In the first week of February, the Making Ground project spent an intense week in residence at the Fabrica Gallery in Brighton.
Fabrica is a former church building in the centre of Brighton and now a prominent cultural and creative venue for the arts. The vast internal space made available to us echoed the sense of space we used at the Foundry in Lewes in the Autumn and the scale allowed us to expand our ideas and ways of working.
In the space we set up a row of tables for working and making, surrounded by raised scaffolding boards for placing work we had made during the residency. In other areas of the space collaborative artist Rachel Henson and Neil Manuell set up projections, kinetic moving images, mutoscopes and experimental working; exploring both digital and analogue perspectives on the project.
During the residency we made, played and moved. Working with clay dug from the ground and willow cut from the osier beds and brought to Brighton from the project site in Horam. We also brought other materials and found objects from the site to work with. We worked instinctively together and separately, playing with the materials; unrestricted by any need to make complete or ‘finished’ work, but just absorb ourselves in the process.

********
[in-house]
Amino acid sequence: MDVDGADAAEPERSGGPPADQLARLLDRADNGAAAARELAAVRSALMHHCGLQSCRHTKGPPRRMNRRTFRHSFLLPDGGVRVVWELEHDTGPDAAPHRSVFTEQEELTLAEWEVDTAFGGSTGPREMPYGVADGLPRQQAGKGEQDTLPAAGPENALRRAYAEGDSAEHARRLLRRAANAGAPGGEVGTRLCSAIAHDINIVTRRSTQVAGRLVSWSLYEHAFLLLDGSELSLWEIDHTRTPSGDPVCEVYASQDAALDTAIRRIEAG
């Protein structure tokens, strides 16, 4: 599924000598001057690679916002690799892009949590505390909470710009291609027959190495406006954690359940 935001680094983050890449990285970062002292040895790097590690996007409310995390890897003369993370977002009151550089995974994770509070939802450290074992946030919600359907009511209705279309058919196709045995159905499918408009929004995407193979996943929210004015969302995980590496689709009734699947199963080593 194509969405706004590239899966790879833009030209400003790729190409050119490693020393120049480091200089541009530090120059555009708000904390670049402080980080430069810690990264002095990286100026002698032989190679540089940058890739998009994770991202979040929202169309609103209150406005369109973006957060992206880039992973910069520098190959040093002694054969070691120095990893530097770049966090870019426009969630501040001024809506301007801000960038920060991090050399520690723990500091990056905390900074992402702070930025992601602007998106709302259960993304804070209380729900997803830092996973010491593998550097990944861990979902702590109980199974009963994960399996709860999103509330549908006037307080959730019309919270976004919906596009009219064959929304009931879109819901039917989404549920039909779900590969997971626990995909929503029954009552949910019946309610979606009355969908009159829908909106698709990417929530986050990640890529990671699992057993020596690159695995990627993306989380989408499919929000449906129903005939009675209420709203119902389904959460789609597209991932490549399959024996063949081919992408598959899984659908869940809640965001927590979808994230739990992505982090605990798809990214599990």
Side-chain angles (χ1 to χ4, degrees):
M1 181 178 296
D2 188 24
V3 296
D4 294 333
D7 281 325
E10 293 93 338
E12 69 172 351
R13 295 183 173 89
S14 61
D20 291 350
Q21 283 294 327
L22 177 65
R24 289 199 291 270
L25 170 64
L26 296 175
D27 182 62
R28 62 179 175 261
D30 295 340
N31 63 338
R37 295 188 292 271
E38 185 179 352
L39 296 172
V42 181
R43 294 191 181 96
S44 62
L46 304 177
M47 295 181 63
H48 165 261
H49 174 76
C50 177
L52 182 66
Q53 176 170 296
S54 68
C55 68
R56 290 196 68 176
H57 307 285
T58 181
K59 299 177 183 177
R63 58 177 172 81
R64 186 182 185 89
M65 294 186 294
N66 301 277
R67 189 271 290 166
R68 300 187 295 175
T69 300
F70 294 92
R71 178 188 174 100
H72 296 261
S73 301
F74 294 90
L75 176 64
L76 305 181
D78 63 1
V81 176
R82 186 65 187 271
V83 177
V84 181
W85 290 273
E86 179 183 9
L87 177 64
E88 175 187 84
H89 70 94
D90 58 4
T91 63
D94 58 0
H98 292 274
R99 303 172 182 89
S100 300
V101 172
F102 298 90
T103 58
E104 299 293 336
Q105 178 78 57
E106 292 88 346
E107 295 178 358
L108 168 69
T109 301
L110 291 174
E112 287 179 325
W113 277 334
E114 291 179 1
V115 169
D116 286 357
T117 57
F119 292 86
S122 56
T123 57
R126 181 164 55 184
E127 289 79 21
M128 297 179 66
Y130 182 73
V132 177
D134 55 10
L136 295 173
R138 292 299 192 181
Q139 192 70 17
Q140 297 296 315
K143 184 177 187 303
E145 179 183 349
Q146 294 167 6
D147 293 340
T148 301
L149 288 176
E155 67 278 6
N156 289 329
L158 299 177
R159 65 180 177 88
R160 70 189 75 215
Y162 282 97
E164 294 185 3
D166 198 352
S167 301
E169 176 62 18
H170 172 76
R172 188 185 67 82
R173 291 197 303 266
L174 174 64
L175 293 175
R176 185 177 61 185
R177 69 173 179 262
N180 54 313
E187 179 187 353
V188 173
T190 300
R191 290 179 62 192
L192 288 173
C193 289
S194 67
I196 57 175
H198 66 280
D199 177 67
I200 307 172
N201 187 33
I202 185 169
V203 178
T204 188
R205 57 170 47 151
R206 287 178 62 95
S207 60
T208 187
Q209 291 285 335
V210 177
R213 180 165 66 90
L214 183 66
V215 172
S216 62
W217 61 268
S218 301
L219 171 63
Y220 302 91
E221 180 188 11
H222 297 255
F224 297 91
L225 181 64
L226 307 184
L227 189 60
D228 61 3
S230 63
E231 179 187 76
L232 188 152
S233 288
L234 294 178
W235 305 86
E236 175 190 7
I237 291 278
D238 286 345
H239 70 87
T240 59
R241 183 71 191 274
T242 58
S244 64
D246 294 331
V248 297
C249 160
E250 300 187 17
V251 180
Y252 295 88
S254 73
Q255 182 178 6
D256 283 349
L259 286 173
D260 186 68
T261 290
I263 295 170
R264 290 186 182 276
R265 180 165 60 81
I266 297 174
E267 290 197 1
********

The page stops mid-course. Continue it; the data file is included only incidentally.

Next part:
Annemarie O’Sullivan and Elaine Bolt were also joined Tom McWalter for the week and on individual days we were joined by volunteers, fellow artists and makers from parallel disciplines, including Helen Carnac and Alice Kettle. The presence of other makers injected a new dynamism to the making, allowing ideas to bounce between us around the table and sparking new conversations about the collaborative journey. Helen Carnac introduced tools and processes normally associated with metal work into the pieces she made – at times hammering rusted found objects; at other times creating delicate ephemeral pieces with the very tips of the willow. Alice Kettle brought an impressive new dimension to the space, making fishing rod type pieces suspended from the high balconies above and descending down to the ground. Her pieces expanded the fine lines of sewn thread into a large scale and connected the materials and the space in exiting ways.
Pieces were made individually and collectively and when they were finished with, were catalogued, labelled, and placed on boards around the room. The progress of the line of objects during the week showed the developing input from ourselves and the from the visiting artists.
On the Thursday evening we gave a talk to an audience of around sixty people, talking about the project, the residency and the process. Project mentor Frances Lord directed the ‘in converstion’ style talk. On the Friday we had an open day allowing the public to view the work and talk to us informally about the experience.
From the week we created an energetic and inventive set of objects which were largely ephemeral, but will continue to inspire us as the project closes and ideas are consolidated into our individual practices.
During the week were were very lucky to have expert photographers capture some of the process and the pieces being made. Below are a selection of further images taken by Alun Callender and by Jo Crowther.